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Assessing the Effects of Gender and Education on the Influence of Menu Labels Among Latino Consumers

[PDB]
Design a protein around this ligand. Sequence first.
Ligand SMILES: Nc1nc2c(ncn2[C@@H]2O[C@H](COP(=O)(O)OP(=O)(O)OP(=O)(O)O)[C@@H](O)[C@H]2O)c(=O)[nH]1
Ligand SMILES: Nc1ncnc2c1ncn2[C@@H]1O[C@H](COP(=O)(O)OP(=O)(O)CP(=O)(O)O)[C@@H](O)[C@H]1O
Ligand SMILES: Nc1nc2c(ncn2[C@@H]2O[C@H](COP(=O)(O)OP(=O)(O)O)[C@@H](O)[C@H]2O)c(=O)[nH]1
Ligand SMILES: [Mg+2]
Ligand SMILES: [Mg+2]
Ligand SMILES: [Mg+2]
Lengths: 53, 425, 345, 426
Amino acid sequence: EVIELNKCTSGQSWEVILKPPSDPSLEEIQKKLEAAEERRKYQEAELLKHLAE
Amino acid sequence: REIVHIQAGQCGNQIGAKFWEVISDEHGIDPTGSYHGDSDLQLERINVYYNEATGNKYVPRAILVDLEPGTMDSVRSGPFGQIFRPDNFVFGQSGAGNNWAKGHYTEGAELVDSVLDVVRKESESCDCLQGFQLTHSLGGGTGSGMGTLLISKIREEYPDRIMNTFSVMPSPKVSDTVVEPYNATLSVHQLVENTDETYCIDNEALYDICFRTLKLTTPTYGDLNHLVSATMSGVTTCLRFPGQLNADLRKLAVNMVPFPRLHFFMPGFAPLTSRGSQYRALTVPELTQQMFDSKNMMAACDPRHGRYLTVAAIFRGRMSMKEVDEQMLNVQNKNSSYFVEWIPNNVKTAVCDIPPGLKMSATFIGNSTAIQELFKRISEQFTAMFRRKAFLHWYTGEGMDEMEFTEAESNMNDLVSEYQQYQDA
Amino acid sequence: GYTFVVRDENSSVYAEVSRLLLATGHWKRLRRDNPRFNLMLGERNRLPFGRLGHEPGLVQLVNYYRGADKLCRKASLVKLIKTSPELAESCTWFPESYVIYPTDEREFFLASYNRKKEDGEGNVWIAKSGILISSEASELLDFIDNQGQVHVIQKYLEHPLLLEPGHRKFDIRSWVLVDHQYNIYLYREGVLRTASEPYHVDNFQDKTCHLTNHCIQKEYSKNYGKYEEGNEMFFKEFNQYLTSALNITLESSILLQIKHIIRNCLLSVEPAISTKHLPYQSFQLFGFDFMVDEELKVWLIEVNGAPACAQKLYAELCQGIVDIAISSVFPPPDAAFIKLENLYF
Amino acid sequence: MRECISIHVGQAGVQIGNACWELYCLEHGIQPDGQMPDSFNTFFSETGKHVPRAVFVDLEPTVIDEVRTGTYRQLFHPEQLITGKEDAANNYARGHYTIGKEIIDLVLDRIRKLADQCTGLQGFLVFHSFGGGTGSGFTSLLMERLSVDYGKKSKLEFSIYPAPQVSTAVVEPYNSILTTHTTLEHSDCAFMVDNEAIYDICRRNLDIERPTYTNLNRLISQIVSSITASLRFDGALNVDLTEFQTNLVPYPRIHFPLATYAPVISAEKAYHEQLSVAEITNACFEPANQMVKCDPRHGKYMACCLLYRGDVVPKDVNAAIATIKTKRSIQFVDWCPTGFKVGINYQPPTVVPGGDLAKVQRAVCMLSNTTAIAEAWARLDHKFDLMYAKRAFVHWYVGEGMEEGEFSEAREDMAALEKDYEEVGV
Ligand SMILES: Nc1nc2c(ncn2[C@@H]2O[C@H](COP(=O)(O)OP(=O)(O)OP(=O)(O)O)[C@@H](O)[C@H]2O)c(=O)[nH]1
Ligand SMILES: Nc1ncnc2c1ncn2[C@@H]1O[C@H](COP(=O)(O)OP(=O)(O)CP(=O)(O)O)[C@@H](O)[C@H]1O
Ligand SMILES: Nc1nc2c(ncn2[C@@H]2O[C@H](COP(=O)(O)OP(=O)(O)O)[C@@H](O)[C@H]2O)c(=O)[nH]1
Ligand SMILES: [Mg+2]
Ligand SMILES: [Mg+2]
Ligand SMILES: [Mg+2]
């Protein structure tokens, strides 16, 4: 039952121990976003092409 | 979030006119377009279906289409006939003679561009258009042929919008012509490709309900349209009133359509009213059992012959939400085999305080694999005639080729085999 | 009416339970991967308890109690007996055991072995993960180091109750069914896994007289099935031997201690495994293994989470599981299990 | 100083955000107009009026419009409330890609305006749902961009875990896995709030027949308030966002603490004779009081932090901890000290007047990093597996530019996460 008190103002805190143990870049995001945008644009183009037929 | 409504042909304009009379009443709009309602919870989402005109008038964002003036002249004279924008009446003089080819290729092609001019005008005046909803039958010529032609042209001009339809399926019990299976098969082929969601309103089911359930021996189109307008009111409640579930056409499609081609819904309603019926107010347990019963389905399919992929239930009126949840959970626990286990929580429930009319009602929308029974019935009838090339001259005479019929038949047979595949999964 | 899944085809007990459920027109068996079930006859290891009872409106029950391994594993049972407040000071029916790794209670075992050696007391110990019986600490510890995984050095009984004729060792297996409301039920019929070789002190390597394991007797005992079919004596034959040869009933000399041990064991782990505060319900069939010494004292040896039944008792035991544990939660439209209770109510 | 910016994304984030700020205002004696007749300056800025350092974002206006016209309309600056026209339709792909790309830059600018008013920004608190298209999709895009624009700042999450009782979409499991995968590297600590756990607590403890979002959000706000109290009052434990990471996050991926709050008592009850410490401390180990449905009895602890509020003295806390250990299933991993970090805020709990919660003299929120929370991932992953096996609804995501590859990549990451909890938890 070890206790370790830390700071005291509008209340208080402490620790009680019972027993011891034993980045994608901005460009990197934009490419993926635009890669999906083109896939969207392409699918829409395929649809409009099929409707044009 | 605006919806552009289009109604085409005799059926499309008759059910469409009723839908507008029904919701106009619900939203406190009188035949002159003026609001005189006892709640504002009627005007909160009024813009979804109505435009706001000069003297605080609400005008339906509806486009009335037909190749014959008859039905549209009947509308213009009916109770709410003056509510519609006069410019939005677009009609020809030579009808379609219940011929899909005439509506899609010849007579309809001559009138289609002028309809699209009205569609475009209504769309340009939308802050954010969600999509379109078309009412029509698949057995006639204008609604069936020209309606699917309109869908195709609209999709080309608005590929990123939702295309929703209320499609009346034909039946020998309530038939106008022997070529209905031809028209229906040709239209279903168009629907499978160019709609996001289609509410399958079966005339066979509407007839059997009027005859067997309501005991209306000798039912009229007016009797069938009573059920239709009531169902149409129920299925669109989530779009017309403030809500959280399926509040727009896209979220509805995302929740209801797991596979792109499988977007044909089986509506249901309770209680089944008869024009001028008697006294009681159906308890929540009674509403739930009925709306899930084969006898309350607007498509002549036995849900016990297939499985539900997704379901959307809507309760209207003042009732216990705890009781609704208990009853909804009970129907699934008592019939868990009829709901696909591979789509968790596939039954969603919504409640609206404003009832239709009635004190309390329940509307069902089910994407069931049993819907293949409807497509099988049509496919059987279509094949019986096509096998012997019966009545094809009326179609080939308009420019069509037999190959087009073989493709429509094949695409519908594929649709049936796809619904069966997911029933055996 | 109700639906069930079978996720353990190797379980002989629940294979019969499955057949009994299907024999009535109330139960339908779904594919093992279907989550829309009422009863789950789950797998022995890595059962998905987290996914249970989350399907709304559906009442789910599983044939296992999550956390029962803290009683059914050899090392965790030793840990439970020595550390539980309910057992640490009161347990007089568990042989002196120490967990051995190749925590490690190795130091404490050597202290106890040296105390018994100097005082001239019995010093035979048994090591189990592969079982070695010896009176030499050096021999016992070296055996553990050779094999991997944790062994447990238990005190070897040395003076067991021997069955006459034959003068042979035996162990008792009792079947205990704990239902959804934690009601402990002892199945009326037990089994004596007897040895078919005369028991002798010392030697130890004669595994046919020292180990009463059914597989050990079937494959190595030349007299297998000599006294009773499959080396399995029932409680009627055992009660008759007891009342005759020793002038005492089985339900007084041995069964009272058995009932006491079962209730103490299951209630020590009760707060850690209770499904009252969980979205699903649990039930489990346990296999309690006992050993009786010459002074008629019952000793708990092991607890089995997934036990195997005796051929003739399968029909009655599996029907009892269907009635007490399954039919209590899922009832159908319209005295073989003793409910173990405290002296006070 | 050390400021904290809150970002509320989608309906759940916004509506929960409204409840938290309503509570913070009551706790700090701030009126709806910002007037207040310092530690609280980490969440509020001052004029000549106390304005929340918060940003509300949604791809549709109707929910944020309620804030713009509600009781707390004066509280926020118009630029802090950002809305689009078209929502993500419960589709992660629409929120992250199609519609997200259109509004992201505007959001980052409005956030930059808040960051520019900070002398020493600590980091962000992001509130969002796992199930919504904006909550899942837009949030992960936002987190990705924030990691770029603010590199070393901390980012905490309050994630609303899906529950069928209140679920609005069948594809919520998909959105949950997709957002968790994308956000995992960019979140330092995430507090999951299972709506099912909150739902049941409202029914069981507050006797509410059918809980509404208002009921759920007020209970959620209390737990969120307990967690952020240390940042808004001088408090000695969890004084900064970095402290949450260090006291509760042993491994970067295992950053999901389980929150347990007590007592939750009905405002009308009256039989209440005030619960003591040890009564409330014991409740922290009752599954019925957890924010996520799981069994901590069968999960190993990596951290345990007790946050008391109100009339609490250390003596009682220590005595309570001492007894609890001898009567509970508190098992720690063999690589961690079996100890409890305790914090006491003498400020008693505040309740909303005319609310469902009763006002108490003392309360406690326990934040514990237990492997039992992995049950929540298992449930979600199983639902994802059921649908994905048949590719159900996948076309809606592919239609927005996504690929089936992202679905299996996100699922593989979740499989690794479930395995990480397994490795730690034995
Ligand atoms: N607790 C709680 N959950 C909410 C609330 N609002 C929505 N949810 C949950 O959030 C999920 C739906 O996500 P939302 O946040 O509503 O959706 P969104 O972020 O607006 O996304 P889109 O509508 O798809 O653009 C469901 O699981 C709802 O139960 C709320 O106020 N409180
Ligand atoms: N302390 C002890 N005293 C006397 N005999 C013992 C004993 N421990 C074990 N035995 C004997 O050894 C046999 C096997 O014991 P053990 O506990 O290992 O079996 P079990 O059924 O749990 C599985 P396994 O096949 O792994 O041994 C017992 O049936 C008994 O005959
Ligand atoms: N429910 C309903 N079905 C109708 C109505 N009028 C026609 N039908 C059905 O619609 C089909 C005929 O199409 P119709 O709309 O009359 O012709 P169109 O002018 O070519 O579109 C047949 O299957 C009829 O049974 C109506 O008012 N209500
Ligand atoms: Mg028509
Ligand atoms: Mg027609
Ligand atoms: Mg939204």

Nutritional content labels on fast food and restaurant menus and signage have gained popularity and momentum with the recognized need to motivate individuals to improve their eating habits outside the home. However, no known studies have assessed nutrition and menu labeling behavior among Latino consumers while taking into consideration factors such as gender and education. Higher levels of education may influence the utility of menu labeling as more educated individuals recognize the benefits of monitoring their eating; and in particular, the effects of education were expected to be strongest for Latino men. To address these issues, this thesis analyzed data collected from a convenience sample of Latino patrons (n=100) attending a community market in South Los Angeles that implemented menu labels. Pearson's chi-square tests and logistic regression was used to assess the relationship between gender, education, and the influence of menu labels on meal choice among Latino consumers who ranged in age from 18 to 67. Being a woman, married, and insured were significant correlates of utilization of nutrition and menu labels. Level of education and the interaction between gender and education, however, was not significantly associated with menu label utilization across the models analyzed. These results suggest that, in addition to providing nutritional content information, labeling interventions should implement strategies to educate consumers about healthy eating at the point-of-purchase and more directly motivate consumers to use the labeling information. Results also suggest that as Latino women are more sensitized to these intervention ideas, their behaviors need to be reinforced, whereas more efforts need to be taken to engage Latino men.

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